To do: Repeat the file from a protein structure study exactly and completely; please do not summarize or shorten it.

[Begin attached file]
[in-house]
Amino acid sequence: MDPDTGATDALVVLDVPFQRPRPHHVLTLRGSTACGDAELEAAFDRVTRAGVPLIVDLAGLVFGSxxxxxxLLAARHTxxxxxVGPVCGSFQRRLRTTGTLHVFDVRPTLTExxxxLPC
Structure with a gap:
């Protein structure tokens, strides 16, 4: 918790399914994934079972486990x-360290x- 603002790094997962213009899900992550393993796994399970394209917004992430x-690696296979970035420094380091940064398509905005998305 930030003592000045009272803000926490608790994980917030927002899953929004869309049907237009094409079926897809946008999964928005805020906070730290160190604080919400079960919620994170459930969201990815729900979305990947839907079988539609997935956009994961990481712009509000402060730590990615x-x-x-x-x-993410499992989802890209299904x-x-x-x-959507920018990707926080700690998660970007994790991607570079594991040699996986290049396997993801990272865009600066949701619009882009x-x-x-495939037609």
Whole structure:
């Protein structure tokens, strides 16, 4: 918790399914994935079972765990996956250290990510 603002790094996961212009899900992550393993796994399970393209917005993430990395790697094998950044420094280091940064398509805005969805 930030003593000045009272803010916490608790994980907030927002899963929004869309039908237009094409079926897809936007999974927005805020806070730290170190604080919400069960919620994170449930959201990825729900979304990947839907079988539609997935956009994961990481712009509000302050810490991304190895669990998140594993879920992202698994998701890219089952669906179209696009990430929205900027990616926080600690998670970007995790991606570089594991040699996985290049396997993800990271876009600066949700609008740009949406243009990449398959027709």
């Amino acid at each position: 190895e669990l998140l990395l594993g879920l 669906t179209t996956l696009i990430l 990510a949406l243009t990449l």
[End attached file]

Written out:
[in-house]
Amino acid sequence: MDPDTGATDALVVLDVPFQRPRPHHVLTLRGSTACGDAELEAAFDRVTRAGVPLIVDLAGLVFGSxxxxxxLLAARHTxxxxxVGPVCGSFQRRLRTTGTLHVFDVRPTLTExxxxLPC
Structure with a gap:
């Protein structure tokens, strides 16, 4: 918790399914994934079972486990x-360290x- 603002790094997962213009899900992550393993796994399970394209917004992430x-690696296979970035420094380091940064398509905005998305 930030003592000045009272803000926490608790994980917030927002899953929004869309049907237009094409079926897809946008999964928005805020906070730290160190604080919400079960919620994170459930969201990815729900979305990947839907079988539609997935956009994961990481712009509000402060730590990615x-x-x-x-x-993410499992989802890209299904x-x-x-x-959507920018990707926080700690998660970007994790991607570079594991040699996986290049396997993801990272865009600066949701619009882009x-x-x-495939037609």
Whole structure:
């Protein structure tokens, strides 16, 4: 918790399914994935079972765990996956250290990510 603002790094996961212009899900992550393993796994399970393209917005993430990395790697094998950044420094280091940064398509805005969805 930030003593000045009272803010916490608790994980907030927002899963929004869309039908237009094409079926897809936007999974927005805020806070730290170190604080919400069960919620994170449930959201990825729900979304990947839907079988539609997935956009994961990481712009509000302050810490991304190895669990998140594993879920992202698994998701890219089952669906179209696009990430929205900027990616926080600690998670970007995790991606570089594991040699996985290049396997993800990271876009600066949700609008740009949406243009990449398959027709």
């Amino acid at each position: 190895e669990l998140l990395l594993g879920l 669906t179209t996956l696009i990430l 990510a949406l243009t990449l």